finding the right image, second is ease of use, and third is price. We have
been encouraged by the feedback we have heard from clients and distributors
about the continued need for high quality, rights managed content.
John: This is a tough question, but how do you differentiate
between Micro, RF and RM photos?
Sarah: Yes indeed, this is a tough
question, partly because it is somewhat subjective and partly because it is much
easier to illustrate with visual examples. But I’ll give it a try.
Price point dictates volume
required for profitability. And volume dictatessubject and styles. Micro, with the lowest price point, requires a
very high volume to generate a return per image, or per shoot, that is
profitable for the contributor over time. If a photographer wants to work in the
micro model, his or her imagery has to have wide appeal and applicability, as
the images must be licensed hundreds of times annually for the content to be
In the traditional royalty
free model, the same principle applies; but because license prices are higher
than micro, images can have a more selective appeal as volume of licenses can be
smaller. This is why in RF there is typically a wider range of styles andoften more interesting content in these collections.
The rights managed licensing
model has distinct qualities that influence what content is selected for this
model. It is the only one that is not a straight e-commerce transaction and that
is priced based on the value that the image has to the project.
This creates a wider range of
pricing that addresses the needs of editorial use (which might not be able to
pay the royalty free price) and to the advertising agency licensing an image to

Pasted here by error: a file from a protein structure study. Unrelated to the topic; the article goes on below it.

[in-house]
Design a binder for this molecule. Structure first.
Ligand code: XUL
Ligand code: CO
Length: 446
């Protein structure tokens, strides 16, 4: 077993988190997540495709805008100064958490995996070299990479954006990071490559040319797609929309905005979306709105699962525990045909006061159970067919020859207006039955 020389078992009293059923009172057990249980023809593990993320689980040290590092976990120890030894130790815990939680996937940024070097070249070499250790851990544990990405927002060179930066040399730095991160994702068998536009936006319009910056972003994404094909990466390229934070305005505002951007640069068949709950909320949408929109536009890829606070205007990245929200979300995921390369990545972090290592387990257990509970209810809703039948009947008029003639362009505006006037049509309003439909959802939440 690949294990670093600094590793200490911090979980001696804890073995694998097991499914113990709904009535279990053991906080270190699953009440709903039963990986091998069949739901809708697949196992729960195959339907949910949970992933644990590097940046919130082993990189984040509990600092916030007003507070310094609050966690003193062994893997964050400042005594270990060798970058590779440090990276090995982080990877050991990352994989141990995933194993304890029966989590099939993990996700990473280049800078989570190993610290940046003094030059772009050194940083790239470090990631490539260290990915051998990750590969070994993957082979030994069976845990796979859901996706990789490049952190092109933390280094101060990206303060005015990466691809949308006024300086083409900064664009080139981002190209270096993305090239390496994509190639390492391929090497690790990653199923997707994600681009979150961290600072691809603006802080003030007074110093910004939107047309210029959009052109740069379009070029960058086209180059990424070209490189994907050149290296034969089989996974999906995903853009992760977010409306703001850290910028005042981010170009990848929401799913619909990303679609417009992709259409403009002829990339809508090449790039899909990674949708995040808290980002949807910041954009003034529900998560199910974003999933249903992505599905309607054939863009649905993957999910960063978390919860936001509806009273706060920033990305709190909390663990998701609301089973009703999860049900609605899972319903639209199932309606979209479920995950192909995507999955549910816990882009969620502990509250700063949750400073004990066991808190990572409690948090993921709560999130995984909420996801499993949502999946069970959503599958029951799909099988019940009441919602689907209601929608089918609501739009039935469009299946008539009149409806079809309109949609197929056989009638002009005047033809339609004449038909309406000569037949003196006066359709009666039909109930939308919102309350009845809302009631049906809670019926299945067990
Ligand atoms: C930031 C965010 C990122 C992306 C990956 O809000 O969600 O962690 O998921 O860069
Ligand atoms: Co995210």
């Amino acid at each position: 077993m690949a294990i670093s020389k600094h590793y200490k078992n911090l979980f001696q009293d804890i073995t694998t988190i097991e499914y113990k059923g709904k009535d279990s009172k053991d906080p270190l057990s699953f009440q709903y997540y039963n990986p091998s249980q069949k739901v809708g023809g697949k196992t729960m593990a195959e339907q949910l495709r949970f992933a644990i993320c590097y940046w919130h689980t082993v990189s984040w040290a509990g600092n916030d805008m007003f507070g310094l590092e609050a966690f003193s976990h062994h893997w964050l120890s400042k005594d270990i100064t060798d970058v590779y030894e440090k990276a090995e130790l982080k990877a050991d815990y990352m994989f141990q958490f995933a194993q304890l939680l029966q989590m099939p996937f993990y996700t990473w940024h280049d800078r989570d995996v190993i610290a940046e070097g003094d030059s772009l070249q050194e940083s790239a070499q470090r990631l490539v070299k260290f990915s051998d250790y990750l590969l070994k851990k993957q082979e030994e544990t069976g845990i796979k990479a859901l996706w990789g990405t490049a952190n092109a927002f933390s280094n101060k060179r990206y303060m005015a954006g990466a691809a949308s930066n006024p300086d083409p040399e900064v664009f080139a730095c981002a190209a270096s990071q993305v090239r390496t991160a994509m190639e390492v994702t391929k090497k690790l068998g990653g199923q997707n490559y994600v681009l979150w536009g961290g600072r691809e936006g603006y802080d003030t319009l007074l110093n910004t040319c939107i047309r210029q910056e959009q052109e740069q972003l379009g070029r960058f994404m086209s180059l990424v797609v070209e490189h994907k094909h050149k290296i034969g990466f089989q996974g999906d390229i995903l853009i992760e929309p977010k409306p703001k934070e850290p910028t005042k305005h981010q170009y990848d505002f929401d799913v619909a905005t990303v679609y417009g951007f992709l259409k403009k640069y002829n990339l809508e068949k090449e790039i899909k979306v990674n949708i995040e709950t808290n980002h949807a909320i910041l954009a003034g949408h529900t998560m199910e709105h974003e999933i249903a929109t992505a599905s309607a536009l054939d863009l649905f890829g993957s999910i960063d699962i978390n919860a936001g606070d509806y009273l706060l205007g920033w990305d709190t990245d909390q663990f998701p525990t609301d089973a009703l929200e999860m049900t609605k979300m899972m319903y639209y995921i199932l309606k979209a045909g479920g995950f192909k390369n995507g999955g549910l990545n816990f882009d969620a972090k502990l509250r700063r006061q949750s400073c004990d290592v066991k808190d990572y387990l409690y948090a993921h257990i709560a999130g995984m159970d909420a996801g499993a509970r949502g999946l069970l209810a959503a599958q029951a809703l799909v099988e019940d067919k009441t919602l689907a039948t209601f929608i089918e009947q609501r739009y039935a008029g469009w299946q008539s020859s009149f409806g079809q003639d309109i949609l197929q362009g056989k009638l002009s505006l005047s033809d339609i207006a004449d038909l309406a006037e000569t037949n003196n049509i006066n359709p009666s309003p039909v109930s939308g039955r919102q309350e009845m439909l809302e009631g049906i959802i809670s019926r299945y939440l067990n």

drive a campaign. Rights managed also offers customer services that are not
available with the other licensing models, such as exclusivity and sensitive
Images best suited for this
licensing model are: highly conceptual, more complex story telling within a
single image, and unique moments or subjects.
John: Do you see Blend getting involved with a Micro offering?
Sarah: As a specialized collection,
it would be difficult for us to generate the transactional volume to justify a
very low licensing fee. Thereis, however, opportunity to expand out our collection and pricing
to capture a full range of sales from various clients within our multicultural
niche, licensing everything from value-priced mid-level stock images up to
exclusive rights managed work.
John: Do you have any advice for jaded veterans?
Sarah: It’s completely understandable
how one could be exhausted by all the change. But it is important to accept that
change has been constant in the stock world for the past twenty years. Nothing
was more disruptive than moving from analog to digital for example – and because
there was digital, there was RF.
And now that advertising is
increasingly moving online and pictures are being created and used in more ways
and in more formats and by more people in the digiverse, we have micro. And
there will be more change to come – perhaps all or most stock stills will be
by-products of motion shooting. It is exhausting, but ultimately self-defeating
if one doesn’t see change as opportunity.
John: Are you optimistic about the future of stock photography?
Sarah: I am optimistic that companies
and photographers who adapt to change will thrive.
John: Any words you care to leave us with?
Sarah: A photographer’s greatest
assets are their creativity and ability to speak to the market. What is your
creative advantage? What do you do better than most?
There is always opportunity
during challenging times. Right now in our industry there are fewer images being
created, fewer shoots with higher production value, social networking is making
it easier to give and receive information, the rights managed licensing model is
in need of new content, motion is gaining momentum with affordable cameras that
capture both stills and motion – how do you plan on taking advantage of this
moment? Adapt as the market changes.